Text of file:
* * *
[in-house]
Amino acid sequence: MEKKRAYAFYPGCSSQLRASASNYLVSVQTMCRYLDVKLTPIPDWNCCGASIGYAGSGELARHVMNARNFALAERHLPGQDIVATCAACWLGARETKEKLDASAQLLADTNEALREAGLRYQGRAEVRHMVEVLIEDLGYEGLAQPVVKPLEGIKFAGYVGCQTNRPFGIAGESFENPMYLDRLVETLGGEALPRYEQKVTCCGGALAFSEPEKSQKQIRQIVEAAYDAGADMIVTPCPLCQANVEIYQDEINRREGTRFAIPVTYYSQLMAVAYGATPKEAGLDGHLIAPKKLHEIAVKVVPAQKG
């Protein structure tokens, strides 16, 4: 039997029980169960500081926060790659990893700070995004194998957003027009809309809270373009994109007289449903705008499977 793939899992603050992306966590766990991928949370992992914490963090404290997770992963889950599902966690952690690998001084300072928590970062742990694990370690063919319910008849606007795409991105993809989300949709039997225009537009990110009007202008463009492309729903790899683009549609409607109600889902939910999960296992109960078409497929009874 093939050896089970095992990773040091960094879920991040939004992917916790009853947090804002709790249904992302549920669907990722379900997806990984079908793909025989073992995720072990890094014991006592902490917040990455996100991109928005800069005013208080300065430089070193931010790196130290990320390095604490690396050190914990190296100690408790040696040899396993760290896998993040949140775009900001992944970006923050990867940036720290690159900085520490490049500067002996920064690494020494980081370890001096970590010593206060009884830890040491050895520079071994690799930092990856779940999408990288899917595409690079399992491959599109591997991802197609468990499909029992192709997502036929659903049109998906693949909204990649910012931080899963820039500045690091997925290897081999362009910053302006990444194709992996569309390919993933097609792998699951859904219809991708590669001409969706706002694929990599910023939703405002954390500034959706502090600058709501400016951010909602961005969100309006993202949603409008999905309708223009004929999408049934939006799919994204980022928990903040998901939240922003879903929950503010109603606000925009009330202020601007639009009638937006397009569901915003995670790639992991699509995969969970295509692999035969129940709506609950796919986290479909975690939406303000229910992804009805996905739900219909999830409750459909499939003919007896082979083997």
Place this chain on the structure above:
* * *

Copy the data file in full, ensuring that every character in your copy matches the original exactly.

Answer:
[in-house]
Amino acid sequence: MEKKRAYAFYPGCSSQLRASASNYLVSVQTMCRYLDVKLTPIPDWNCCGASIGYAGSGELARHVMNARNFALAERHLPGQDIVATCAACWLGARETKEKLDASAQLLADTNEALREAGLRYQGRAEVRHMVEVLIEDLGYEGLAQPVVKPLEGIKFAGYVGCQTNRPFGIAGESFENPMYLDRLVETLGGEALPRYEQKVTCCGGALAFSEPEKSQKQIRQIVEAAYDAGADMIVTPCPLCQANVEIYQDEINRREGTRFAIPVTYYSQLMAVAYGATPKEAGLDGHLIAPKKLHEIAVKVVPAQKG
């Protein structure tokens, strides 16, 4: 039997029980169960500081926060790659990893700070995004194998957003027009809309809270373009994109007289449903705008499977 793939899992603050992306966590766990991928949370992992914490963090404290997770992963889950599902966690952690690998001084300072928590970062742990694990370690063919319910008849606007795409991105993809989300949709039997225009537009990110009007202008463009492309729903790899683009549609409607109600889902939910999960296992109960078409497929009874 093939050896089970095992990773040091960094879920991040939004992917916790009853947090804002709790249904992302549920669907990722379900997806990984079908793909025989073992995720072990890094014991006592902490917040990455996100991109928005800069005013208080300065430089070193931010790196130290990320390095604490690396050190914990190296100690408790040696040899396993760290896998993040949140775009900001992944970006923050990867940036720290690159900085520490490049500067002996920064690494020494980081370890001096970590010593206060009884830890040491050895520079071994690799930092990856779940999408990288899917595409690079399992491959599109591997991802197609468990499909029992192709997502036929659903049109998906693949909204990649910012931080899963820039500045690091997925290897081999362009910053302006990444194709992996569309390919993933097609792998699951859904219809991708590669001409969706706002694929990599910023939703405002954390500034959706502090600058709501400016951010909602961005969100309006993202949603409008999905309708223009004929999408049934939006799919994204980022928990903040998901939240922003879903929950503010109603606000925009009330202020601007639009009638937006397009569901915003995670790639992991699509995969969970295509692999035969129940709506609950796919986290479909975690939406303000229910992804009805996905739900219909999830409750459909499939003919007896082979083997």
Place this chain on the structure above: